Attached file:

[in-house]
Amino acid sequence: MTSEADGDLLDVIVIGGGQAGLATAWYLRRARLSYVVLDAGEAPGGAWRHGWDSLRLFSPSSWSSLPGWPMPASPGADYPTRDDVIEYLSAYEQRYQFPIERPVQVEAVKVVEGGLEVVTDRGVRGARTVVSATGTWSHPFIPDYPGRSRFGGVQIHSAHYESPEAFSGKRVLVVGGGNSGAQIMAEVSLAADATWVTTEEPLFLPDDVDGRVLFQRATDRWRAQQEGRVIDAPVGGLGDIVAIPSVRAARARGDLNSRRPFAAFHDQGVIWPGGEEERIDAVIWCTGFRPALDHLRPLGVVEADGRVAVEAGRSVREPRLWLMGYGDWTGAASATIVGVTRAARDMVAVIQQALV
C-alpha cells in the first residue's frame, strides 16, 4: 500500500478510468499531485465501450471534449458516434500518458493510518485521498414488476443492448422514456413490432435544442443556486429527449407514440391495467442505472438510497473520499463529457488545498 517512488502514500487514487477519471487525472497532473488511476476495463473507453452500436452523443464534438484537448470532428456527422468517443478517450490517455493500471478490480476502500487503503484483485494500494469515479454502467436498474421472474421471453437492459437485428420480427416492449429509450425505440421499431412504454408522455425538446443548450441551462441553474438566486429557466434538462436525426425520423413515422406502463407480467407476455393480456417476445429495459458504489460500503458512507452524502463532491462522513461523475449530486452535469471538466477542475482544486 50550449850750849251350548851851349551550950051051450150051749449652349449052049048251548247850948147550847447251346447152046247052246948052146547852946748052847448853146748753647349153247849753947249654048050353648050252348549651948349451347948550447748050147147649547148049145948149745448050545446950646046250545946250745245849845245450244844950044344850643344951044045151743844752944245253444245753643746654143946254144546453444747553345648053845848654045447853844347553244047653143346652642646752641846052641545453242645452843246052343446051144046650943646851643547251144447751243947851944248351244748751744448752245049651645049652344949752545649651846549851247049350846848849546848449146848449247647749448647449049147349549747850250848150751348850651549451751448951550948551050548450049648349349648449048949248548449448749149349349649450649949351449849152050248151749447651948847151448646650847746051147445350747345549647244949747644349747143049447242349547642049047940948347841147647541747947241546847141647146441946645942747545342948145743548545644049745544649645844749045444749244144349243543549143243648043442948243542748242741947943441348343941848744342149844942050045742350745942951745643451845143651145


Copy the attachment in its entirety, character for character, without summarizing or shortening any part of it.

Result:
[in-house]
Amino acid sequence: MTSEADGDLLDVIVIGGGQAGLATAWYLRRARLSYVVLDAGEAPGGAWRHGWDSLRLFSPSSWSSLPGWPMPASPGADYPTRDDVIEYLSAYEQRYQFPIERPVQVEAVKVVEGGLEVVTDRGVRGARTVVSATGTWSHPFIPDYPGRSRFGGVQIHSAHYESPEAFSGKRVLVVGGGNSGAQIMAEVSLAADATWVTTEEPLFLPDDVDGRVLFQRATDRWRAQQEGRVIDAPVGGLGDIVAIPSVRAARARGDLNSRRPFAAFHDQGVIWPGGEEERIDAVIWCTGFRPALDHLRPLGVVEADGRVAVEAGRSVREPRLWLMGYGDWTGAASATIVGVTRAARDMVAVIQQALV
C-alpha cells in the first residue's frame, strides 16, 4: 500500500478510468499531485465501450471534449458516434500518458493510518485521498414488476443492448422514456413490432435544442443556486429527449407514440391495467442505472438510497473520499463529457488545498 517512488502514500487514487477519471487525472497532473488511476476495463473507453452500436452523443464534438484537448470532428456527422468517443478517450490517455493500471478490480476502500487503503484483485494500494469515479454502467436498474421472474421471453437492459437485428420480427416492449429509450425505440421499431412504454408522455425538446443548450441551462441553474438566486429557466434538462436525426425520423413515422406502463407480467407476455393480456417476445429495459458504489460500503458512507452524502463532491462522513461523475449530486452535469471538466477542475482544486 50550449850750849251350548851851349551550950051051450150051749449652349449052049048251548247850948147550847447251346447152046247052246948052146547852946748052847448853146748753647349153247849753947249654048050353648050252348549651948349451347948550447748050147147649547148049145948149745448050545446950646046250545946250745245849845245450244844950044344850643344951044045151743844752944245253444245753643746654143946254144546453444747553345648053845848654045447853844347553244047653143346652642646752641846052641545453242645452843246052343446051144046650943646851643547251144447751243947851944248351244748751744448752245049651645049652344949752545649651846549851247049350846848849546848449146848449247647749448647449049147349549747850250848150751348850651549451751448951550948551050548450049648349349648449048949248548449448749149349349649450649949351449849152050248151749447651948847151448646650847746051147445350747345549647244949747644349747143049447242349547642049047940948347841147647541747947241546847141647146441946645942747545342948145743548545644049745544649645844749045444749244144349243543549143243648043442948243542748242741947943441348343941848744342149844942050045742350745942951745643451845143651145